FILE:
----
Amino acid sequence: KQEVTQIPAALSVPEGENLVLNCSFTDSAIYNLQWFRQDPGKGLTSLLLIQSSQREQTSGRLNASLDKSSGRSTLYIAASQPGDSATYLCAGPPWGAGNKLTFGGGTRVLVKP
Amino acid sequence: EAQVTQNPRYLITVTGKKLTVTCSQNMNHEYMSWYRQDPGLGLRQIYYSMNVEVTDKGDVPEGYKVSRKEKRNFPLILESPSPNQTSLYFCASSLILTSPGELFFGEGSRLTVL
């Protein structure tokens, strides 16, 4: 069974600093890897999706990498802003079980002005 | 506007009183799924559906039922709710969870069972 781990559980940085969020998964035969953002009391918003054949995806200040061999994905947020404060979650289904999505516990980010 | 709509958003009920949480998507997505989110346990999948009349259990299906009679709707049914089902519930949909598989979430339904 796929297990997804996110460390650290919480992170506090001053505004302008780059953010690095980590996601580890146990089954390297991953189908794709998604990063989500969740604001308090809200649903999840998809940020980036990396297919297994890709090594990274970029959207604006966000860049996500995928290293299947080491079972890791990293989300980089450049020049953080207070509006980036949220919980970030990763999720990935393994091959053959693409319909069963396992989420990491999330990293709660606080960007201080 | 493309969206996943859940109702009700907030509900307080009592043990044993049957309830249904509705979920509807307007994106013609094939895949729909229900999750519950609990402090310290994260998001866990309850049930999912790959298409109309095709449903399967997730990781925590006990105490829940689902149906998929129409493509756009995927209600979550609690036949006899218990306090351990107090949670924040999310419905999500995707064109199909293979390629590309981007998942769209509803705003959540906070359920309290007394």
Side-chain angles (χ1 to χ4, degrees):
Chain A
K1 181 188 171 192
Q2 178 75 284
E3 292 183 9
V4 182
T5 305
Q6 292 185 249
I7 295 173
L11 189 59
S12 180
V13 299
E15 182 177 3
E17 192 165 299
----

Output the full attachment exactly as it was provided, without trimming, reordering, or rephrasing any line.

Amino acid sequence: KQEVTQIPAALSVPEGENLVLNCSFTDSAIYNLQWFRQDPGKGLTSLLLIQSSQREQTSGRLNASLDKSSGRSTLYIAASQPGDSATYLCAGPPWGAGNKLTFGGGTRVLVKP
Amino acid sequence: EAQVTQNPRYLITVTGKKLTVTCSQNMNHEYMSWYRQDPGLGLRQIYYSMNVEVTDKGDVPEGYKVSRKEKRNFPLILESPSPNQTSLYFCASSLILTSPGELFFGEGSRLTVL
């Protein structure tokens, strides 16, 4: 069974600093890897999706990498802003079980002005 | 506007009183799924559906039922709710969870069972 781990559980940085969020998964035969953002009391918003054949995806200040061999994905947020404060979650289904999505516990980010 | 709509958003009920949480998507997505989110346990999948009349259990299906009679709707049914089902519930949909598989979430339904 796929297990997804996110460390650290919480992170506090001053505004302008780059953010690095980590996601580890146990089954390297991953189908794709998604990063989500969740604001308090809200649903999840998809940020980036990396297919297994890709090594990274970029959207604006966000860049996500995928290293299947080491079972890791990293989300980089450049020049953080207070509006980036949220919980970030990763999720990935393994091959053959693409319909069963396992989420990491999330990293709660606080960007201080 | 493309969206996943859940109702009700907030509900307080009592043990044993049957309830249904509705979920509807307007994106013609094939895949729909229900999750519950609990402090310290994260998001866990309850049930999912790959298409109309095709449903399967997730990781925590006990105490829940689902149906998929129409493509756009995927209600979550609690036949006899218990306090351990107090949670924040999310419905999500995707064109199909293979390629590309981007998942769209509803705003959540906070359920309290007394």
Side-chain angles (χ1 to χ4, degrees):
Chain A
K1 181 188 171 192
Q2 178 75 284
E3 292 183 9
V4 182
T5 305
Q6 292 185 249
I7 295 173
L11 189 59
S12 180
V13 299
E15 182 177 3
E17 192 165 299